Precisely because it isn’t the norm in this part of the world, a vegetarian appetite has a way of spicing things up. My herbivorous food-hunting took me to parts and people of the city I otherwise wouldn’t have wandered into, if the usual and ubiquitous non-vegetarian fare was the answer to my hunger and tastes. Those unassuming eateries where Google’s cartographers may never drop a pin. Where the food is the draw, not the ratings or the Wifi. Such as an almuerzo (local-run lunch place) where I saw locals of various sizes digging into huge cobs of corn with rice and vegetables. About four blocks and as many decades behind the city’s dynamic centre, it occupied an unassuming corner at the start of Calle Jaen. With wide doors and a quiet chatter, it had a vibe as non-touristy and warm as its baked potatoes, dissuading me from inflicting a camera on its insides.
As a compulsive explorer-on-foot, I set out everyday with no list or recommendations of vegetarian restaurants to guide me to my next vegetarian meal. And with more than enough basic Spanish to say ‘Soy beheteriano’ (I’m a vegetarian) – which makes enough sense, except that here ‘vegetarian’ means various things, depending on who you ask, and there’s a general mistrust in the idea that anyone can survive on ‘only’ vegetables. But despite a plan that revolved around ‘winging it’, ‘going with the flow’, ‘seeing what happens’ or some such light-headed variant sprinkled with hopes of serendipity, I got by just as fine, if not better, than those on the other side of the fork.
Well-meaning and well-fed Latin American friends had warned me that being vegetarian in Bolivia was a bad idea at best, and a call for starvation at worst.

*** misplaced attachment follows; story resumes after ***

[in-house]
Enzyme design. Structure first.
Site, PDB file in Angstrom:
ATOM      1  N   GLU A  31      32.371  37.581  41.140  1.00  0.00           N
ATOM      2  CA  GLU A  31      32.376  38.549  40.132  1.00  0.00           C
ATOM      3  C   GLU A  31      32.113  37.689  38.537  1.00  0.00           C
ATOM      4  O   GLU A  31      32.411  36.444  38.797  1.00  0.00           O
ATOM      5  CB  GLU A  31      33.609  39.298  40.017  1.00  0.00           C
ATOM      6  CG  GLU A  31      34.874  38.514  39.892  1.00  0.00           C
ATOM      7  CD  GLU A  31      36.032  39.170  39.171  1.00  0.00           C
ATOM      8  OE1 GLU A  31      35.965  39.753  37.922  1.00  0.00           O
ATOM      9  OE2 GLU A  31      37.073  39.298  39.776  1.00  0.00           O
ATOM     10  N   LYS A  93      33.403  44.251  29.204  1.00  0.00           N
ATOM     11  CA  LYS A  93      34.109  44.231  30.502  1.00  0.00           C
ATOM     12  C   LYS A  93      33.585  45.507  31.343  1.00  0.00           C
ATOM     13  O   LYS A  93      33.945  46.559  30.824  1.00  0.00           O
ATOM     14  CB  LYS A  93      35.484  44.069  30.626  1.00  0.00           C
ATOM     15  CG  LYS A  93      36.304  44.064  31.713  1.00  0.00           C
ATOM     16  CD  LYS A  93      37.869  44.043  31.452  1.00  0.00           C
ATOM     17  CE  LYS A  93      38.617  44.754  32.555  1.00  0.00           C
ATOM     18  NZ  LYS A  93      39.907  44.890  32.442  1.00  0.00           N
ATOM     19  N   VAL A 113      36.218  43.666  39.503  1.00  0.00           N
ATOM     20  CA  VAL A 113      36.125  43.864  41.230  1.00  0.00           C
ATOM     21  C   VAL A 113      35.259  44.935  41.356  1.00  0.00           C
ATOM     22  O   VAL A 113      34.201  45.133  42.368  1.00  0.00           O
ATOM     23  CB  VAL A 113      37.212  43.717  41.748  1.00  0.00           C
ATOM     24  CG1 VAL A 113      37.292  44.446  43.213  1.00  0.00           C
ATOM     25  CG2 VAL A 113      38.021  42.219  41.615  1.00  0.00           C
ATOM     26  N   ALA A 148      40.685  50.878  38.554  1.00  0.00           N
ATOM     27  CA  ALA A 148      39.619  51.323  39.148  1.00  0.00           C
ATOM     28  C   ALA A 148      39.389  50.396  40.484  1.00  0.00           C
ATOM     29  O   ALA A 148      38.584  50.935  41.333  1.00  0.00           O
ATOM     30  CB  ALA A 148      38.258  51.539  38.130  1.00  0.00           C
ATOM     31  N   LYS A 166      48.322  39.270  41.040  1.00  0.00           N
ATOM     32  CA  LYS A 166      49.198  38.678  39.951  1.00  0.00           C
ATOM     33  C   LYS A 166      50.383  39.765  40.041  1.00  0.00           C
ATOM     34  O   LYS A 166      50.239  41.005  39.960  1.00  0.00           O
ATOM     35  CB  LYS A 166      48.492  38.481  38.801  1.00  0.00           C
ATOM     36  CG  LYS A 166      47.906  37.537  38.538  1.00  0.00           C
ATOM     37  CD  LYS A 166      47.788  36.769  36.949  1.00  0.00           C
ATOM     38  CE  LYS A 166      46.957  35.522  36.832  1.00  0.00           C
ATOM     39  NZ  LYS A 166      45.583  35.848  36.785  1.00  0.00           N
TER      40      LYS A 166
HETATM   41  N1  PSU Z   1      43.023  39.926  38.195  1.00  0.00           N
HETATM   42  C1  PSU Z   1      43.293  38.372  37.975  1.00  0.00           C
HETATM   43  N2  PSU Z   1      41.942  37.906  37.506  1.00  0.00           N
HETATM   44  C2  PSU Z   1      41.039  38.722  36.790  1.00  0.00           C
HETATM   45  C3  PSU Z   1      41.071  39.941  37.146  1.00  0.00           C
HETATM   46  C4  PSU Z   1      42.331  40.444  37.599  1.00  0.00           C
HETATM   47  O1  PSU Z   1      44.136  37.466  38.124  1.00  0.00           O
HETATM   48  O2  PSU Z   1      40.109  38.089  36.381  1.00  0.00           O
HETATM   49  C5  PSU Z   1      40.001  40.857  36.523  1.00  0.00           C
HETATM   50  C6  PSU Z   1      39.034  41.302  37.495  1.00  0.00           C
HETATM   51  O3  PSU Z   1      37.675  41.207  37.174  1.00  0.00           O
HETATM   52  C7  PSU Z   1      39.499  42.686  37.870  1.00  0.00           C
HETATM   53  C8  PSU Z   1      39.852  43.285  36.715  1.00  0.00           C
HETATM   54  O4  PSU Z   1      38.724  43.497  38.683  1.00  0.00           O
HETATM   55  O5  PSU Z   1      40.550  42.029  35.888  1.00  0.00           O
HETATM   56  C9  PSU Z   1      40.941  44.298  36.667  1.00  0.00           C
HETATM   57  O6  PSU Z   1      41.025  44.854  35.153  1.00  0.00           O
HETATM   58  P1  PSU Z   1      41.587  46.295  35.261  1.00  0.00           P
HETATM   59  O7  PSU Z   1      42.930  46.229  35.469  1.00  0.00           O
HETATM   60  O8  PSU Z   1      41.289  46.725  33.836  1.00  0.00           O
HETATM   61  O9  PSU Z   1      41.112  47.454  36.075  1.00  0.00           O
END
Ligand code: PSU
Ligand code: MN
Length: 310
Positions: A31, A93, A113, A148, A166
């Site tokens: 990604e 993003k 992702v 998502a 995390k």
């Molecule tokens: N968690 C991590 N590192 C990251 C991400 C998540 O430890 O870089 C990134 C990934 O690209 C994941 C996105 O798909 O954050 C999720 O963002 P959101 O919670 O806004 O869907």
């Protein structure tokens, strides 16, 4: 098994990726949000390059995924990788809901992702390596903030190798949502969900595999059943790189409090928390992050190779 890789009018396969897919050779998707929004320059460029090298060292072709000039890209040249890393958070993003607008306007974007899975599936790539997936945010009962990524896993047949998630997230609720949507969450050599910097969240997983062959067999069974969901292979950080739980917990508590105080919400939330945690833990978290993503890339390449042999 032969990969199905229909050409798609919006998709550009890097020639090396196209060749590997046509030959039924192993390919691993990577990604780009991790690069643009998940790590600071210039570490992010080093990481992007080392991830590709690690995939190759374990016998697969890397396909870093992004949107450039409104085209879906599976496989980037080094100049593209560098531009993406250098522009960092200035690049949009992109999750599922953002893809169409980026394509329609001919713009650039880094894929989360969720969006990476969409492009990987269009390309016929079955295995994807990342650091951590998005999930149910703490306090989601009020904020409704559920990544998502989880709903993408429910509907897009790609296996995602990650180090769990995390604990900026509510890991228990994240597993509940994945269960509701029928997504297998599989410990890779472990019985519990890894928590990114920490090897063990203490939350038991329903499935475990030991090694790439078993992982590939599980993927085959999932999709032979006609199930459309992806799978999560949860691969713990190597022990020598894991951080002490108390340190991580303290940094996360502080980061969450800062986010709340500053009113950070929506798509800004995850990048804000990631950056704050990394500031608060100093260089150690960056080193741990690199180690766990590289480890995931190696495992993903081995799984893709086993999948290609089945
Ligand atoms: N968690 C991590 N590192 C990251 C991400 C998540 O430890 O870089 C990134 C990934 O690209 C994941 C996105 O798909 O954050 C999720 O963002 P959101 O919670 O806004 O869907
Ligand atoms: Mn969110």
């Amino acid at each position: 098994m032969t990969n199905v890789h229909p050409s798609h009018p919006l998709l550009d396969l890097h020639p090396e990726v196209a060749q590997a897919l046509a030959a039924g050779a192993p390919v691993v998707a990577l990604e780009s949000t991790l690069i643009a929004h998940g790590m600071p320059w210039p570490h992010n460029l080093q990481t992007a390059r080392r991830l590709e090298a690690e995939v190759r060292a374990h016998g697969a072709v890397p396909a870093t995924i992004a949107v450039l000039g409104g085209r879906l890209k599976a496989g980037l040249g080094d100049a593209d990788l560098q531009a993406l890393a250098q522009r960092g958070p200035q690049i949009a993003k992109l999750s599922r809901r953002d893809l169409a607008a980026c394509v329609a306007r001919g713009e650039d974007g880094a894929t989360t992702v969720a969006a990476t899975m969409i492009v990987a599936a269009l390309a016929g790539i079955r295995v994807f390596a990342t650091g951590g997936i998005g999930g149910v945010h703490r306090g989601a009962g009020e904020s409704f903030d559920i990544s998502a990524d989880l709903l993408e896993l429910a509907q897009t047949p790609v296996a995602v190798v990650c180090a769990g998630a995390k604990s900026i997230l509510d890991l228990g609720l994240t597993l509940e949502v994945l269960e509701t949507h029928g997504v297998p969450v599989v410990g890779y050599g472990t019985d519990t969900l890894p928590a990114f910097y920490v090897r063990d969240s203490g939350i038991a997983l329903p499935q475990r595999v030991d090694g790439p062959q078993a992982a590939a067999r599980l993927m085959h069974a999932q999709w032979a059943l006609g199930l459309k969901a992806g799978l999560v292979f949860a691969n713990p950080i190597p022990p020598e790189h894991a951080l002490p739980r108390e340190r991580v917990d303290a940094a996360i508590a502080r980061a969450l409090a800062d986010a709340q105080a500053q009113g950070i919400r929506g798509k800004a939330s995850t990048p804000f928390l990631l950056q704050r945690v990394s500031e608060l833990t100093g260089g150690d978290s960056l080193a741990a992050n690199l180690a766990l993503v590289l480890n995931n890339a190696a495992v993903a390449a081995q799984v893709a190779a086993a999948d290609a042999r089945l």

My first stop on my first morning in La Paz turned out to be Cafe Sol y Luna.. This Dutch-run hangout, with its international music and cuisine, is not exactly the true Bolivian experience, but it gave me a slice of familiarity in the midst of all the newness. As I stood at a three-lane intersection trying to pick a lane, the catchy strains of Michael Jackson’s Thriller had me at the first verse, and by the second, I was indoors, warm, and taking in the cozy-meets-cheerful decor of the place. The menu lived up to this beginning, with three thoughtfully printed carrots against every vegetarian item, and there were many of these. While their $5 gado-gado (an Indonesian dish made of boiled vegetables with soya and rice and topped with peanut sauce, served with tofu or a boiled egg) was delectable, their hot chocolate was from heaven. I came back for more towards the end of the trip.
In a fortnight full of uphill scrambles in thin air, three-day-long drives out of civilization, a few basic hotels for a night’s rest, and walking everyday, being well-fed was imperative. In Sucre, one of those long walks led to the local food market (Mercado Central) with fresh produce, dried legumes and freshly squeezed juices for every imaginable ailment. This particular corner had 300 varieties of potatoes. That’s a few more than I can sample in one lifetime. Bolivians clearly love and live by their potatoes and if you called someone a couch potato here they’d probably be flattered with the comparison.
Just like that, two vegetarian weeks flew by. I’m glad to have missed the steak and discovered a whole other side of this quirky country instead.
Top image: Being vegetarian in Bolivia photo credit: unsplash